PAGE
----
Governors who have their hands full with a public health crisis, economic calamity and an erratic president face a new challenge from an unlikely source: the courts. The Michigan Supreme Court held this month that Democratic Gov. Gretchen Whitmer’s emergency lockdown measures violated that state’s laws and constitution — and last month, a federal district court struck down similar orders issued by Democratic Gov. Tom Wolf in Pennsylvania. Other courts have blocked lockdown orders on behalf of religious organizations that say the decrees violate their constitutional right to congregate. The limits on executive action articulated in these cases are so severe that public health authorities will be hard-pressed to protect citizens as a new wave of the pandemic crests over the next several months.

The legal trend is a significant one, and the ramifications of these rulings will go well beyond the pandemic. The court challenges represent the logical culmination of a movement among many judges in which socially conservative religious values are linked to business-oriented libertarian values to oppose the system of administrative government that has played a foundational role in progressive and liberal politics since the New Deal.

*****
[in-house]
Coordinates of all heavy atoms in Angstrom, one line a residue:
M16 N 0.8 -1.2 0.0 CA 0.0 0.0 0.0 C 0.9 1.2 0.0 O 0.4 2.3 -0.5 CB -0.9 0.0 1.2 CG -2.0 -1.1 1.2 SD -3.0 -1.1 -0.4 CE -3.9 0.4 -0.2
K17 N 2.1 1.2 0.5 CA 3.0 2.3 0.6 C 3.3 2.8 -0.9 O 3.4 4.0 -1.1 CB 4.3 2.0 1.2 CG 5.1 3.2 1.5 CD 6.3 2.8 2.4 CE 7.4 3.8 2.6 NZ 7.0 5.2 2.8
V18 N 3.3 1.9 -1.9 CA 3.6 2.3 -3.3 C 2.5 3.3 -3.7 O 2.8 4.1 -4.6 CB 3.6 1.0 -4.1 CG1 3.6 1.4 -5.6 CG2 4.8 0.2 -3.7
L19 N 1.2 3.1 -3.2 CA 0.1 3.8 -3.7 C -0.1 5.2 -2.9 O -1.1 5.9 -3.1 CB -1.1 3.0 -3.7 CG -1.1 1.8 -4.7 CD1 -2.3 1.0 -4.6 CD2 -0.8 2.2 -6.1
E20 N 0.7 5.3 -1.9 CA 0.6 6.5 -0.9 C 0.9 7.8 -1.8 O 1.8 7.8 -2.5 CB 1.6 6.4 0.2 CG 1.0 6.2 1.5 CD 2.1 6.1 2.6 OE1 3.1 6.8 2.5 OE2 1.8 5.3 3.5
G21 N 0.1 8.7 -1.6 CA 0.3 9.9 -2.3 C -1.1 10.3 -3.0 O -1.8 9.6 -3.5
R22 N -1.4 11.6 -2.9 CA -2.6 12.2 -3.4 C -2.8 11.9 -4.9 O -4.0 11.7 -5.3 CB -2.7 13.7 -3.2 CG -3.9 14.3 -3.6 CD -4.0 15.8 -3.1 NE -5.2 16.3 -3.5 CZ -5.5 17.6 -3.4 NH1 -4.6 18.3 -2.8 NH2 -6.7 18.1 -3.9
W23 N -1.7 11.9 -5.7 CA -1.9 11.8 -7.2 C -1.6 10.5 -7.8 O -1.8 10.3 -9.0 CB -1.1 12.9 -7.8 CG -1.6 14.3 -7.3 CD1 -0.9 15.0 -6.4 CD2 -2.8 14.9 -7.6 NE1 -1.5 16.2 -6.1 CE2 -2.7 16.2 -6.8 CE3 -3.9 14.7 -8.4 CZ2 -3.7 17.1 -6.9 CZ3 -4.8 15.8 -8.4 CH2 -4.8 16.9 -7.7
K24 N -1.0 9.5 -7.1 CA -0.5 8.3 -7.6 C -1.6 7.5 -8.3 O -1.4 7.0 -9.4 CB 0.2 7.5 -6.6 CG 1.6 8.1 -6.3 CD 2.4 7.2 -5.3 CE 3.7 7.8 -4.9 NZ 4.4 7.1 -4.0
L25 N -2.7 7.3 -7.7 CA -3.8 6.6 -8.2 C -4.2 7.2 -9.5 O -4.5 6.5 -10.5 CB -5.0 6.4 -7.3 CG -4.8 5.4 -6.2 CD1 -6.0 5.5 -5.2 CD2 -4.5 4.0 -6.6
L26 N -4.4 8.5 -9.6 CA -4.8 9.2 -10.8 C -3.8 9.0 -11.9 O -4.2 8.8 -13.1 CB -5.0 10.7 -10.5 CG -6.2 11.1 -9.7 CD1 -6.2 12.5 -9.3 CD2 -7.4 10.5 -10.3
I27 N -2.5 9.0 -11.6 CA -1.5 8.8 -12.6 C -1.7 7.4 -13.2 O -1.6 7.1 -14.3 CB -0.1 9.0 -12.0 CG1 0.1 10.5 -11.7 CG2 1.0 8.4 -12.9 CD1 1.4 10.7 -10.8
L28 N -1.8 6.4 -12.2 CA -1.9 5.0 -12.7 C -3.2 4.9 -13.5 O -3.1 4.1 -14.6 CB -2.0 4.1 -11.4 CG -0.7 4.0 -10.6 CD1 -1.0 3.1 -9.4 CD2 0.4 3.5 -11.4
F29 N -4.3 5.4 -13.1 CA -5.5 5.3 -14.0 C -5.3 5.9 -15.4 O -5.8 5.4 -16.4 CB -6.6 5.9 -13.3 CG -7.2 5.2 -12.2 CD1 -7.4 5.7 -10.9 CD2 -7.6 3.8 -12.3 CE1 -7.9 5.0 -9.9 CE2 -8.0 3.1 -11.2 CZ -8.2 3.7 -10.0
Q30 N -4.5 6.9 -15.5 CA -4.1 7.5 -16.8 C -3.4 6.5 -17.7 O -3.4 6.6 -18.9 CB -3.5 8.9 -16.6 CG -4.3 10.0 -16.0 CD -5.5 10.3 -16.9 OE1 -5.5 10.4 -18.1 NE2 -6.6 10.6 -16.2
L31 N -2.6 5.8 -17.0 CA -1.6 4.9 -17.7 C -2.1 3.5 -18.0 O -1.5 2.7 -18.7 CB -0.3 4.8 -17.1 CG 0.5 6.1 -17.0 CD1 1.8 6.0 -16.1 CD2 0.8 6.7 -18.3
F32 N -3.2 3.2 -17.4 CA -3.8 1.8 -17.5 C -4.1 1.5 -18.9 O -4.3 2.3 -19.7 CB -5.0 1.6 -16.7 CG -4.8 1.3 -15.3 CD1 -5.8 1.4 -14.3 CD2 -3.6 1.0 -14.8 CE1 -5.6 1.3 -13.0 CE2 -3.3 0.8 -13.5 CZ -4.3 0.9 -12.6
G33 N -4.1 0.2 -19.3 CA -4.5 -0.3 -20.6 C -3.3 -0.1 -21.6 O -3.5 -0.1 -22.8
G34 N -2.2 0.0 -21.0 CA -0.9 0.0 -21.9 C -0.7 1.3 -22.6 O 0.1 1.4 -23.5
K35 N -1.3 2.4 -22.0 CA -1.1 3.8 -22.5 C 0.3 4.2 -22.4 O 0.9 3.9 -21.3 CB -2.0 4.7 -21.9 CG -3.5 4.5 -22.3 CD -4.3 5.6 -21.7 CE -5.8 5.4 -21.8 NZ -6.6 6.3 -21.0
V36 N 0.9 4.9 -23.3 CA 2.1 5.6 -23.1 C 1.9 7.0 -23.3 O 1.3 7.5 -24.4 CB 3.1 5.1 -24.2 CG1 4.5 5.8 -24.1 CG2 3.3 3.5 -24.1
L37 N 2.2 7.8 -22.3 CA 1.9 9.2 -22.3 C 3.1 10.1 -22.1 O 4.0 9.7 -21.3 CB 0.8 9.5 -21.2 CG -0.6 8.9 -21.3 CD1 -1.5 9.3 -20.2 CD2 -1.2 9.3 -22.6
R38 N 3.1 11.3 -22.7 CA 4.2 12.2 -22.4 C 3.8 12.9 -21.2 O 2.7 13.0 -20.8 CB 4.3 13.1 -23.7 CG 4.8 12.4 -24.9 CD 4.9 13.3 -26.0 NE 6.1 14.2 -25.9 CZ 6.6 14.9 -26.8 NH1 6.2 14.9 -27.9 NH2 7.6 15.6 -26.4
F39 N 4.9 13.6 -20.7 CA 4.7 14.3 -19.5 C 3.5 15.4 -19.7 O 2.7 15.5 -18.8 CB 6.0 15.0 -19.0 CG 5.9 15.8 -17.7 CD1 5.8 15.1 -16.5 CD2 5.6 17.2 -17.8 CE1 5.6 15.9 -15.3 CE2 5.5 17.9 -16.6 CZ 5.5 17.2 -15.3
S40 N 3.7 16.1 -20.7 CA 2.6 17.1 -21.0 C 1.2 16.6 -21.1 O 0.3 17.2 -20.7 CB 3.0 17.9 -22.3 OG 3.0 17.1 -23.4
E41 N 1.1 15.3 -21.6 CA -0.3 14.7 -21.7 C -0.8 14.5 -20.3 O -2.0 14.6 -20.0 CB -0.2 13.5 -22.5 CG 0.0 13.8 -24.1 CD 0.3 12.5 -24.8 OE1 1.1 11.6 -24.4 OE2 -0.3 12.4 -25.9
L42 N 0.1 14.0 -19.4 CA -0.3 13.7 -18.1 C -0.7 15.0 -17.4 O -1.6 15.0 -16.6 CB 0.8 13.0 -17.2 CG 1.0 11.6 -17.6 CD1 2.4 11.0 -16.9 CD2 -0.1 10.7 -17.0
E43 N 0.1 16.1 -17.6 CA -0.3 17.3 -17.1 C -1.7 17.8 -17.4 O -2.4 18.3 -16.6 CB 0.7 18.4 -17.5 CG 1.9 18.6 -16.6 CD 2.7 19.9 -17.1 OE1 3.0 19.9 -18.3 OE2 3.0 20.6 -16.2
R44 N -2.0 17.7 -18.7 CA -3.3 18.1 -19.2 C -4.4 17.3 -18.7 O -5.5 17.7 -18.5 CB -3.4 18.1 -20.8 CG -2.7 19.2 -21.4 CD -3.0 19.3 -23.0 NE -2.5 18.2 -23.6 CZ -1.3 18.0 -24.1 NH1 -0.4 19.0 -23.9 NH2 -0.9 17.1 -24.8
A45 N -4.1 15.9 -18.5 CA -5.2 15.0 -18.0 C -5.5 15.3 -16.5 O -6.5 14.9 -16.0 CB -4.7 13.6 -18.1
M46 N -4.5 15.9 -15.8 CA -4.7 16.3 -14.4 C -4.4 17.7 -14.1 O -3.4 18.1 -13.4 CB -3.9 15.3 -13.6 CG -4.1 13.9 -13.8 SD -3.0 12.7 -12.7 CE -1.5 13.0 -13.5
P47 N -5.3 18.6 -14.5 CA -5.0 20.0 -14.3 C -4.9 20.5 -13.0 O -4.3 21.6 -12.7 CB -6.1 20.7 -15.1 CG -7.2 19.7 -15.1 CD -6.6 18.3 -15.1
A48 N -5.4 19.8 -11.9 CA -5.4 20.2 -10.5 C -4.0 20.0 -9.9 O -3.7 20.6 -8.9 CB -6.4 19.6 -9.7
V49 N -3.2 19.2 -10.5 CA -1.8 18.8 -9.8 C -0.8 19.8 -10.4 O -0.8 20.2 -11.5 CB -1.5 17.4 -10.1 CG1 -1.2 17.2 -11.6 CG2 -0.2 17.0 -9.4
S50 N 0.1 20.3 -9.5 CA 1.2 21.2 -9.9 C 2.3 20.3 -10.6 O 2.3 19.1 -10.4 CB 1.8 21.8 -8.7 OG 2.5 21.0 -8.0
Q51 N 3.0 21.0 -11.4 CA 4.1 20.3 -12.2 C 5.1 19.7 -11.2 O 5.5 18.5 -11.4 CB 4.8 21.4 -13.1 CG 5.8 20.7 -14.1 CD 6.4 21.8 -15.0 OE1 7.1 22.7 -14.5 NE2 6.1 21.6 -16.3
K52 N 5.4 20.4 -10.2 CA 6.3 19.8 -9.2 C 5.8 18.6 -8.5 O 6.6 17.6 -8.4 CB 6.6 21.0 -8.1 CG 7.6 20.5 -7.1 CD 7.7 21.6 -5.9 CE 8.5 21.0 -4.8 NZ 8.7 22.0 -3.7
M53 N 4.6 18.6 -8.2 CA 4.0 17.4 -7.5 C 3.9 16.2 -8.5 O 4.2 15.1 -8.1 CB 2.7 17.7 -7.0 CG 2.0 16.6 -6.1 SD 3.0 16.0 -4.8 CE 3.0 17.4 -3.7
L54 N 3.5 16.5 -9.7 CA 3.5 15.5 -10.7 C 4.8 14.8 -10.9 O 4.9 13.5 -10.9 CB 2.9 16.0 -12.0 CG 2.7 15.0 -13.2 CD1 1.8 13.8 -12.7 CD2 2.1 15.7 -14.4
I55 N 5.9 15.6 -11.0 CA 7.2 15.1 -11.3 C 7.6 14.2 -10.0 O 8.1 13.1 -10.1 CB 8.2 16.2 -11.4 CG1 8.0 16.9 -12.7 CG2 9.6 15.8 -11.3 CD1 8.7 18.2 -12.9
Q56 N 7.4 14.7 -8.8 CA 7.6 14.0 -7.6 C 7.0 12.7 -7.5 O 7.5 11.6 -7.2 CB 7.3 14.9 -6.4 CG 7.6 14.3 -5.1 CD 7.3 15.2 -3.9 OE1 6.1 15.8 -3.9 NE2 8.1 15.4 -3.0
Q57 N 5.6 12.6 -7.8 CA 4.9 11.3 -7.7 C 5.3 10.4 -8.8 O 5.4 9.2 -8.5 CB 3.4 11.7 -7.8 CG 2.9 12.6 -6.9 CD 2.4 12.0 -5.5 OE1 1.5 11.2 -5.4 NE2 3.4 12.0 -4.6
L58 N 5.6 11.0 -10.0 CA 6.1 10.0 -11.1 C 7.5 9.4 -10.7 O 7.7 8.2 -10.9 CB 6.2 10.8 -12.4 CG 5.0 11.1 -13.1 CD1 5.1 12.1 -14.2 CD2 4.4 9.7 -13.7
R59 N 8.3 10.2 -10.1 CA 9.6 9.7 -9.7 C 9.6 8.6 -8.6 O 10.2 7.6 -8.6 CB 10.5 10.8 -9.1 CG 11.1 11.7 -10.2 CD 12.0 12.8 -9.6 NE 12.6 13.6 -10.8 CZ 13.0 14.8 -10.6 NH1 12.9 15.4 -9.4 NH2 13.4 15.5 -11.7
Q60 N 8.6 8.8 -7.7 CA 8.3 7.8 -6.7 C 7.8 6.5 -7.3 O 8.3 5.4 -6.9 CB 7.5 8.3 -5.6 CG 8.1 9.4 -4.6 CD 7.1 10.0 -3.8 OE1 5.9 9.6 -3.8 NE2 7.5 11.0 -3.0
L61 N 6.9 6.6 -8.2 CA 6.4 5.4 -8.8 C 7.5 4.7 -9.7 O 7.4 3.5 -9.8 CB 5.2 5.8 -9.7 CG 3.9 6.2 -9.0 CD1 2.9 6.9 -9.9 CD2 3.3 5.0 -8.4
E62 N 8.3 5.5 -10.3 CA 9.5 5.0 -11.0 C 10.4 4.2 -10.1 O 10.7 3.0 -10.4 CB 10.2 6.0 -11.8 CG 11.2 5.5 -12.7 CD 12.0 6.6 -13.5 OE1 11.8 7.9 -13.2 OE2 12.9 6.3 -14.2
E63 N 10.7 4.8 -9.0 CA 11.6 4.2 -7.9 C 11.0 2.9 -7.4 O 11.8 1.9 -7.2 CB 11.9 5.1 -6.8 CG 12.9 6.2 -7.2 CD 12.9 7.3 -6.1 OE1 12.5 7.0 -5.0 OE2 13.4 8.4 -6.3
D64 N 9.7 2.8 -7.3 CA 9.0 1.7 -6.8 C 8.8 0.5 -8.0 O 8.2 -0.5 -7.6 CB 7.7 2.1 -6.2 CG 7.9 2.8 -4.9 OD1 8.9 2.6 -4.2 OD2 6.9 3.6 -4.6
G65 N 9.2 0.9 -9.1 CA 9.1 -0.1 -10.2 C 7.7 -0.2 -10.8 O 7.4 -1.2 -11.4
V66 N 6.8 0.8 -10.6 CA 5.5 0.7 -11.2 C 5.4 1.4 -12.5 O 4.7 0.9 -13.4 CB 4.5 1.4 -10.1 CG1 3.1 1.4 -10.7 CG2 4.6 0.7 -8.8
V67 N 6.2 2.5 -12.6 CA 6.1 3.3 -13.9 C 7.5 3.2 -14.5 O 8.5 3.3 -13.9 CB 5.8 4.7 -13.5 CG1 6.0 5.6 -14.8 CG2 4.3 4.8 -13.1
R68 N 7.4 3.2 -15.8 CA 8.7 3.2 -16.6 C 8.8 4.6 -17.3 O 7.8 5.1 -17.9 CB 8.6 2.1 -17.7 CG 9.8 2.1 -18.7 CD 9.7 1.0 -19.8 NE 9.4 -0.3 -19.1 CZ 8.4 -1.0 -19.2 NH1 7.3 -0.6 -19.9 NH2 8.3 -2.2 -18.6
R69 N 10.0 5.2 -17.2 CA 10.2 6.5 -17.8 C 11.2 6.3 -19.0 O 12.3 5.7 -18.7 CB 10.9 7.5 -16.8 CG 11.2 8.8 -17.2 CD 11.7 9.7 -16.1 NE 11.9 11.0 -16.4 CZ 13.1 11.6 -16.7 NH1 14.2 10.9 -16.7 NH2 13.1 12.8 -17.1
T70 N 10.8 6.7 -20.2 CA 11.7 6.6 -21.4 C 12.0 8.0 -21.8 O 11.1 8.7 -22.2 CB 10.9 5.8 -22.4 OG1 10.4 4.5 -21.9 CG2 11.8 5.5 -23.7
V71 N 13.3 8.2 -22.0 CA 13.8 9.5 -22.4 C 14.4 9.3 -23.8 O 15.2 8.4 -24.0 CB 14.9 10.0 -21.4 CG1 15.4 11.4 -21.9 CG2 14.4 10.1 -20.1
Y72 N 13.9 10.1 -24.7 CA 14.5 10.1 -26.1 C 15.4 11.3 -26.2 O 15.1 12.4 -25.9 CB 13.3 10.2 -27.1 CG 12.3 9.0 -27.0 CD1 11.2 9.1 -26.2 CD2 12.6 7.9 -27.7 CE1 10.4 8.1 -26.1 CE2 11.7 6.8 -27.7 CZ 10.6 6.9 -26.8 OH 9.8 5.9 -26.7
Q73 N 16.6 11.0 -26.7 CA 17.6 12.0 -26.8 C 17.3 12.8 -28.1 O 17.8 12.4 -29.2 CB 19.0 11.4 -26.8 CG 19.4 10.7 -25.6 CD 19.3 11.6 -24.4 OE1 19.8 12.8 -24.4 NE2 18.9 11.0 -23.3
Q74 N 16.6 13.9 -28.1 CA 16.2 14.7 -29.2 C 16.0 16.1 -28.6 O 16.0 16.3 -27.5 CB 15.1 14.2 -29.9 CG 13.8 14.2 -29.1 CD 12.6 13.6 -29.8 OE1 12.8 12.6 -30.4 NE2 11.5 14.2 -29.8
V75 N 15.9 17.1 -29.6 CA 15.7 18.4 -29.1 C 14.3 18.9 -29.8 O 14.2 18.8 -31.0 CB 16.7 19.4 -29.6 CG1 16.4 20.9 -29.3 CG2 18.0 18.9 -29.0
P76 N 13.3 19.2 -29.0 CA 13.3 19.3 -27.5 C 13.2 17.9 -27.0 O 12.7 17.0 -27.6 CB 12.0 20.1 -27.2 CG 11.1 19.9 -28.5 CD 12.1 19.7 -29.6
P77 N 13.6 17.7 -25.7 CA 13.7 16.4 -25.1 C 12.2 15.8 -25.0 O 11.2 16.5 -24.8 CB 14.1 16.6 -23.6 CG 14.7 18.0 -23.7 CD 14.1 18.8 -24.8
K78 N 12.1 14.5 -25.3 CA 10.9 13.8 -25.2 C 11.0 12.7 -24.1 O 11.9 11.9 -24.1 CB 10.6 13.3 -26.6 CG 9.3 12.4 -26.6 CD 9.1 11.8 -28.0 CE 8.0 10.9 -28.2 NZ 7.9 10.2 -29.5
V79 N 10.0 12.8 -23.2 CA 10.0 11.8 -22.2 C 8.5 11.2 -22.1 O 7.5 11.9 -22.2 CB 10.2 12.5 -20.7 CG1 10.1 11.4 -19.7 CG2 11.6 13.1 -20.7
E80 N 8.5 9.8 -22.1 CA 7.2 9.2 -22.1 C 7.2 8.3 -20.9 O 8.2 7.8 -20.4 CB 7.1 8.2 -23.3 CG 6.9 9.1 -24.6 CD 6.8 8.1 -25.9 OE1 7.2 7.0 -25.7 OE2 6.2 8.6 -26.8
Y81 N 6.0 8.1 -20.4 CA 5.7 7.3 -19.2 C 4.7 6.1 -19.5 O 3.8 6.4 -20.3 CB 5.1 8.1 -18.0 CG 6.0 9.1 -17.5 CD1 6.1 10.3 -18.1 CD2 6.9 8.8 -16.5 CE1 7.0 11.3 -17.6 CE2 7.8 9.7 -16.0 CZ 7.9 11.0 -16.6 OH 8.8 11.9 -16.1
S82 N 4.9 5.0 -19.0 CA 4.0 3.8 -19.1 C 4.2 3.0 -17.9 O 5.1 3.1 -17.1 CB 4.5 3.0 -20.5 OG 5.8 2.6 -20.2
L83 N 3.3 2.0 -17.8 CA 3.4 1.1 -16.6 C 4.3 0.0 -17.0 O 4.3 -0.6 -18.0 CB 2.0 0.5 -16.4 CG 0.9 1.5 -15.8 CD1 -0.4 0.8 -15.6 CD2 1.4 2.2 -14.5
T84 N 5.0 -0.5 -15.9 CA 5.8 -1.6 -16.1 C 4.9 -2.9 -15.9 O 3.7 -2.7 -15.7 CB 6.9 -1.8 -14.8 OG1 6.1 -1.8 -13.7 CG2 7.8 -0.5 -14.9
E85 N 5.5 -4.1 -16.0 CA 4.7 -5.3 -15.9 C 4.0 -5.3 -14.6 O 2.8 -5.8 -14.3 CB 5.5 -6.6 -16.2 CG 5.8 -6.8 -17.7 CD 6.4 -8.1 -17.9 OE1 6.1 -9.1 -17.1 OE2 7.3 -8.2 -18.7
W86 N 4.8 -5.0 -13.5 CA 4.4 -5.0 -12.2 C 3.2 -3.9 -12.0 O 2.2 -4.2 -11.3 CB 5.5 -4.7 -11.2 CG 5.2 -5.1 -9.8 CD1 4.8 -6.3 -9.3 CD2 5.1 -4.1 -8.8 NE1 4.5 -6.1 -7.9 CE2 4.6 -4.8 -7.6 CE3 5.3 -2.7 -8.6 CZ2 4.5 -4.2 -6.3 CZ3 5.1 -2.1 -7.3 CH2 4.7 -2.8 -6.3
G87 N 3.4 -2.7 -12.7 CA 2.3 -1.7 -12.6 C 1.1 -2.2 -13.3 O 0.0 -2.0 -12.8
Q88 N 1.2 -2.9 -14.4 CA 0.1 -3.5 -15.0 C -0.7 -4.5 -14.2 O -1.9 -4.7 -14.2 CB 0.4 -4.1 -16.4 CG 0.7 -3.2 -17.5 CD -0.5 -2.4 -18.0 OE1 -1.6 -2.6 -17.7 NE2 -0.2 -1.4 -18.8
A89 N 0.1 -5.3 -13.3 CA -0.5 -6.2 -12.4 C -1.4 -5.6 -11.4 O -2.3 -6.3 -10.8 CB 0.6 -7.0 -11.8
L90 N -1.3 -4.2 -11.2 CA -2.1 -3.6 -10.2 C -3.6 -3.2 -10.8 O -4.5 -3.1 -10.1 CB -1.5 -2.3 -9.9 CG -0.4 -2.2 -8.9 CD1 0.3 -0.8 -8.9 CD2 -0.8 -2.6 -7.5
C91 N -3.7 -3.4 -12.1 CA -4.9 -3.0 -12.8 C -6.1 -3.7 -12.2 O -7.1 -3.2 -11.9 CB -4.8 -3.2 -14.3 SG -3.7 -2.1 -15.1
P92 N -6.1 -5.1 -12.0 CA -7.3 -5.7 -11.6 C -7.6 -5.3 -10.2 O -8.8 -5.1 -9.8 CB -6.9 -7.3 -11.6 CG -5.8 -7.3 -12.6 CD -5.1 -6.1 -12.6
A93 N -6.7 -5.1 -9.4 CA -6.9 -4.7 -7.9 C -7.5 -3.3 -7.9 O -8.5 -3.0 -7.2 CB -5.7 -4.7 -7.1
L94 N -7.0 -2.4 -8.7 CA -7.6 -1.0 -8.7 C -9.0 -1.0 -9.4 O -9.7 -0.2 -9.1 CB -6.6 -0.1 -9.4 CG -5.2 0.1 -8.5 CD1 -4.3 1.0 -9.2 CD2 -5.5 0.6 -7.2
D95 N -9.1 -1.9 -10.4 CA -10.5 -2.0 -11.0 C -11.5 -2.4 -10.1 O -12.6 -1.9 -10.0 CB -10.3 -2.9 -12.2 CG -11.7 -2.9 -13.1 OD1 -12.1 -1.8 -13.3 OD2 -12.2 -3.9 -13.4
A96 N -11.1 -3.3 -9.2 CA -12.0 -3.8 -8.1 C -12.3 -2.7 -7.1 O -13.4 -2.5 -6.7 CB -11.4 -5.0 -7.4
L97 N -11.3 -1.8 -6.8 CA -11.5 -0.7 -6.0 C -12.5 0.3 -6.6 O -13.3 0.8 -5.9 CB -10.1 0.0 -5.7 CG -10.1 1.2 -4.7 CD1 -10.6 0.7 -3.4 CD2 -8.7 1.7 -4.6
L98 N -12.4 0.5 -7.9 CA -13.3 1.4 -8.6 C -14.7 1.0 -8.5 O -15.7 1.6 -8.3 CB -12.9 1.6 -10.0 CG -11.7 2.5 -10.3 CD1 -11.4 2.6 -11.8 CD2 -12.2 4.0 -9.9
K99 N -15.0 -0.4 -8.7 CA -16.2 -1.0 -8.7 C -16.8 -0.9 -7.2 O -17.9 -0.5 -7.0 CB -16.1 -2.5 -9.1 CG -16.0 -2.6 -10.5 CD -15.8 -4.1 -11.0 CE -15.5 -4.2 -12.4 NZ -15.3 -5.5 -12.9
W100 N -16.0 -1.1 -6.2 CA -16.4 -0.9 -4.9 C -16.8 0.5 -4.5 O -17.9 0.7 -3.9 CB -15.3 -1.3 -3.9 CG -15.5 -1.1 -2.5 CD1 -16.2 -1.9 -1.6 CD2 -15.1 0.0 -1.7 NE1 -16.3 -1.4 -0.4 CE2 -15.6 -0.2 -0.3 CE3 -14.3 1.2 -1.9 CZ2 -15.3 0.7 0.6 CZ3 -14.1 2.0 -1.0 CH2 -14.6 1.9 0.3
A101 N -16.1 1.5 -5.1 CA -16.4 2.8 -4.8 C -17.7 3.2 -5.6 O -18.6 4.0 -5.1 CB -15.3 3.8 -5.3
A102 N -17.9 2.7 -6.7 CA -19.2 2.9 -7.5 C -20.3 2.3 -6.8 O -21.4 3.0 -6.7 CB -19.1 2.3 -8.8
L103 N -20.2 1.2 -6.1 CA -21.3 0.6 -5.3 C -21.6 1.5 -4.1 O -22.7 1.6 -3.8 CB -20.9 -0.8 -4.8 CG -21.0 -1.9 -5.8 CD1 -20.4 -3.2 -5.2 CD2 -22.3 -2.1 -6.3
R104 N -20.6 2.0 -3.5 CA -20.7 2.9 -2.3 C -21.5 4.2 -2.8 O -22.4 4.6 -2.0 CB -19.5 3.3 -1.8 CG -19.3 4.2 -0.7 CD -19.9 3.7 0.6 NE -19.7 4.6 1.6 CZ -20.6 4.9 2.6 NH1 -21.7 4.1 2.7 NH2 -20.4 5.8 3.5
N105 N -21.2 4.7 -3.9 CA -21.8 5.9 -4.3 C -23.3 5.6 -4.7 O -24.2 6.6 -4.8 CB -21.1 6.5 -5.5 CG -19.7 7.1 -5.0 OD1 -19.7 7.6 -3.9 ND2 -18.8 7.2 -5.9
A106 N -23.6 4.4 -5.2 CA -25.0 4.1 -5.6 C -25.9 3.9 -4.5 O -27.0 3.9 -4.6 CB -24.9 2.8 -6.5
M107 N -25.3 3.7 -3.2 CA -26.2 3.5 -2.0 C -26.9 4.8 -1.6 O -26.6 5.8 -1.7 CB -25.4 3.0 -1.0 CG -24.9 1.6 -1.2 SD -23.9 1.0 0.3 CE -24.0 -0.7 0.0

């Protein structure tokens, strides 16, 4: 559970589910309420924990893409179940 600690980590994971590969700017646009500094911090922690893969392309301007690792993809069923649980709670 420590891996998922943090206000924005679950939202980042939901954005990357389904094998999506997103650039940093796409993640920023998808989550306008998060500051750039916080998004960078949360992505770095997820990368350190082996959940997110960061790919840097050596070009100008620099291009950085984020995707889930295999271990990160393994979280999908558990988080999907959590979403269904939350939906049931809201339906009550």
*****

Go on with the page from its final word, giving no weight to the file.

First, consider the religious-liberty challenges to the shutdown orders, which have been remarkably polarized along political lines. In dozens of federal court cases, judges appointed by President Trump have shown hostility to the public health measures, while judges appointed by Democratic presidents, or even previous Republican presidents, have mostly deferred to the governors. The legal scholar Zalman Rothschild examined the cases involving religious challenges — there have been several dozen — and could not find a single case where a Trump-appointed judge upheld (or voted to uphold) an order or a Democrat-appointed judge struck one down. Judges appointed by Republican presidents other than Trump sided with religious organizations about 40 percent of the time.

Two of these cases reached the Supreme Court. In one, a church argued that an order by the governor of Nevada that put a 50-person attendance cap on houses of worship but not casinos discriminated against religion — although the cap applied to various other secular facilities, such as concert halls, as well. The other case involved a similar order from California. Both times, the states prevailed by a narrow margin of 5 to 4, with Chief Justice John G. Roberts Jr. joining the liberal justices to form the majority. The four other Republican-appointed justices — Clarence Thomas, Samuel Alito, Neil M. Gorsuch and Brett M. Kavanaugh — dissented. If Judge Amy Coney Barrett is confirmed to the court, she may form a majority that would end lockdown orders like those in Nevada and California.